SLTs provide acute and rehabilitation services to people who have communication problems (such as aphasia, dysarthria, dysphonia) when they are inpatients, outpatients or in the community. These may be the result of stroke, progressive neurological illness, traumatic brain injury, fluency disorders (e.g. stammering), or palliative care needs.
People who are referred to SLT may have difficulty expressing themselves clearly. Some (e.g. people who have had a stroke or those with a progressive neurological illness, such as dementia) may also have difficulty understanding what is said to them. They may not be able to read and write as well as they used to. They may not be able to tell their family how they feel or what they want to do. If people are unable to communicate using speech, they may benefit from a referral to the Bristol Communication Aids Service.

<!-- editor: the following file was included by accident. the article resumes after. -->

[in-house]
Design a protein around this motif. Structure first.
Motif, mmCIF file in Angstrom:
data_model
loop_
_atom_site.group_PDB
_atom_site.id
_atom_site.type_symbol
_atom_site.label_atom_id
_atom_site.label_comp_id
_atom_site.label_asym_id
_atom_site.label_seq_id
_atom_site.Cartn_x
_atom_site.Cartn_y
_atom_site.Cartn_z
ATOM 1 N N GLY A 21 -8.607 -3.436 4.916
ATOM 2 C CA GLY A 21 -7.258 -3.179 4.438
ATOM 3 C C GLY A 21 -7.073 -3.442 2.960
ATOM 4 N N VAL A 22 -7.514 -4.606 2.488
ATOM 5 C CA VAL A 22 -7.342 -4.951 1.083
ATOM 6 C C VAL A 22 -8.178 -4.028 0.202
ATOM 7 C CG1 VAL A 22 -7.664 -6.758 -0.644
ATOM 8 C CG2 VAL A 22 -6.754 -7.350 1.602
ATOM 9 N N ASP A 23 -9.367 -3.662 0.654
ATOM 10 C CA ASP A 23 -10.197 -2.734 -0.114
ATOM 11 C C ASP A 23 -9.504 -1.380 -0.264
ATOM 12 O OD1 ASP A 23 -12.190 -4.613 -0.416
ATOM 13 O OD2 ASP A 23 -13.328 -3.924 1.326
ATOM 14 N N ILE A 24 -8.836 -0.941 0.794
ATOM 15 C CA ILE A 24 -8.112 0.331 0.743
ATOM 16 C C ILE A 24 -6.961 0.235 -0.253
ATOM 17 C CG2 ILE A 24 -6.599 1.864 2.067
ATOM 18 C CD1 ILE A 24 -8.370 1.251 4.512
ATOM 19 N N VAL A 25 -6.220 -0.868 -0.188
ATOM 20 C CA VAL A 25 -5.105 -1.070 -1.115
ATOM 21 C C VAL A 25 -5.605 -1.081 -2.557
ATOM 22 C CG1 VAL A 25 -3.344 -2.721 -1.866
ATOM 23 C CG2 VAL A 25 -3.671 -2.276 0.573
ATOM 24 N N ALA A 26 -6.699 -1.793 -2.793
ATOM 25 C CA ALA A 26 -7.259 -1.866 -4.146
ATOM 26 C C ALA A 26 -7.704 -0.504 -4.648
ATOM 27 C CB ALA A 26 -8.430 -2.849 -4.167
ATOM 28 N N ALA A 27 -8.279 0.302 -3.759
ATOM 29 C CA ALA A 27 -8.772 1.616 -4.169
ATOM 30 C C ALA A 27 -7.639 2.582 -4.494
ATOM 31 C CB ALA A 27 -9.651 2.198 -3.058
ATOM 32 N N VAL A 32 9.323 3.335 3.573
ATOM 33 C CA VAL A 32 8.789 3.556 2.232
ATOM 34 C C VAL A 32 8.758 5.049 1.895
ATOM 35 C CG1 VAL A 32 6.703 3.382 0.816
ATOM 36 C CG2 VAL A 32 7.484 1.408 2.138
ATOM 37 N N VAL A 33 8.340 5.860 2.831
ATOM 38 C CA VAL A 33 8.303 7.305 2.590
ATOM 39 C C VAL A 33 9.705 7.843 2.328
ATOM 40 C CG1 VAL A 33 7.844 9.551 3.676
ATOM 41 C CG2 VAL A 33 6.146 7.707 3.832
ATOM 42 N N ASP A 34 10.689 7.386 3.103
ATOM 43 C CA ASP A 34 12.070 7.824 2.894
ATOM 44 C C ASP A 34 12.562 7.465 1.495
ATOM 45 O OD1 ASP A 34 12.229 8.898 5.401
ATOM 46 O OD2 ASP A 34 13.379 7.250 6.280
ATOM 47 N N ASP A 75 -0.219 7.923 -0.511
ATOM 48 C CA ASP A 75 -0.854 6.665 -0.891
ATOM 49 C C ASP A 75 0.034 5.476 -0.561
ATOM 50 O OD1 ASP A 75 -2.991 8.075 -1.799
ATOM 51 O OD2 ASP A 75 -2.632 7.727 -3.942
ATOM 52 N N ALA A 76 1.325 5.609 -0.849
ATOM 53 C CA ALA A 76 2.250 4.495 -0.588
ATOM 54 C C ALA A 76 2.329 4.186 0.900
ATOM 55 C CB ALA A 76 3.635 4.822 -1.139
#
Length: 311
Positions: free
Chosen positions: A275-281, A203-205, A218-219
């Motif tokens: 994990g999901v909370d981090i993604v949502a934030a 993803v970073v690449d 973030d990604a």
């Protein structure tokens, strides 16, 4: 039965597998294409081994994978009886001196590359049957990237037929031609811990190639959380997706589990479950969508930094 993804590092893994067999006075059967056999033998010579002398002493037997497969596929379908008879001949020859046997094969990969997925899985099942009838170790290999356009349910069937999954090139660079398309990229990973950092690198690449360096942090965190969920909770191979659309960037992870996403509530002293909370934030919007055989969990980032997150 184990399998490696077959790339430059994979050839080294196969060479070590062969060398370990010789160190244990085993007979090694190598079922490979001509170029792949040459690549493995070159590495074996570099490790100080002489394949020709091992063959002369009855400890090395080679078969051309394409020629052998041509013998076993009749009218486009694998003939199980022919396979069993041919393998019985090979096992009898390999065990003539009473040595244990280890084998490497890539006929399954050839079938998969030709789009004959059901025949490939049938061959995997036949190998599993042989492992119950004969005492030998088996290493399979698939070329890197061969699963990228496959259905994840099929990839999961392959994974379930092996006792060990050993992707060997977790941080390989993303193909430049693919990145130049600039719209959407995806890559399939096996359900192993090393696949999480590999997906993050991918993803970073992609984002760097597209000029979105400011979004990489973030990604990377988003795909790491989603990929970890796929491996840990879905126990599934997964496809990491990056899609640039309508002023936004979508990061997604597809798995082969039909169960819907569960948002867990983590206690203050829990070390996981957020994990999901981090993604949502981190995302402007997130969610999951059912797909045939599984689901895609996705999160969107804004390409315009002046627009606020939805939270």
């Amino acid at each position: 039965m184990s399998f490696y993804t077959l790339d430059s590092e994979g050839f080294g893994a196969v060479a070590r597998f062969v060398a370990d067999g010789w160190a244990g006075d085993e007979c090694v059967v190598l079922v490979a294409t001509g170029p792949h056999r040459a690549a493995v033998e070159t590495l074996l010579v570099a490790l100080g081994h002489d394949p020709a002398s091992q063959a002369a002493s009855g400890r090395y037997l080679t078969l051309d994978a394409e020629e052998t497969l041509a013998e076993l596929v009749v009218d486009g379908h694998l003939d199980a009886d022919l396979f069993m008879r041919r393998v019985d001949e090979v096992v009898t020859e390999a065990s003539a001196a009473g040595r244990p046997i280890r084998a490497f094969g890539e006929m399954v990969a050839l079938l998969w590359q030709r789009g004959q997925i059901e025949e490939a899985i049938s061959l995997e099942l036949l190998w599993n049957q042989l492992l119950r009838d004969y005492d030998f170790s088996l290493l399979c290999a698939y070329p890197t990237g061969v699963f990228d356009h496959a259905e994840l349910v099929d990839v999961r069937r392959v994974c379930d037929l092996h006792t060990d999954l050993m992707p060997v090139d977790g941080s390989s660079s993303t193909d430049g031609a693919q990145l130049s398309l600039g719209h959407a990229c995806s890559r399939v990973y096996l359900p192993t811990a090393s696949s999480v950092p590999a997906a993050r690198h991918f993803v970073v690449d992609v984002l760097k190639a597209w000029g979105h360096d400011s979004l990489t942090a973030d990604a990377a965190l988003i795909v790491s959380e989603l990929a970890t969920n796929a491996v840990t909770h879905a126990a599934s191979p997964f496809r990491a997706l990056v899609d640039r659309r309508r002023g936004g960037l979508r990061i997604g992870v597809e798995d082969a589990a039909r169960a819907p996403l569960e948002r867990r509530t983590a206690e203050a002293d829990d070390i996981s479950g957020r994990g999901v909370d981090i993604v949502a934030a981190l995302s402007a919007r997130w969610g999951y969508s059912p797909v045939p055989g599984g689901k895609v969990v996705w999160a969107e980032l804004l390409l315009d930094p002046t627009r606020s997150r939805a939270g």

SLTs will provide information on the nature of the communication problem and will carry out thorough assessments to determine the most effective intervention for an individual. They may implement programmes of therapy if appropriate or give advice and support to carers, to ensure that people are able to communicate as effectively as possible. SLTs will work with individuals, groups, and their families or carers.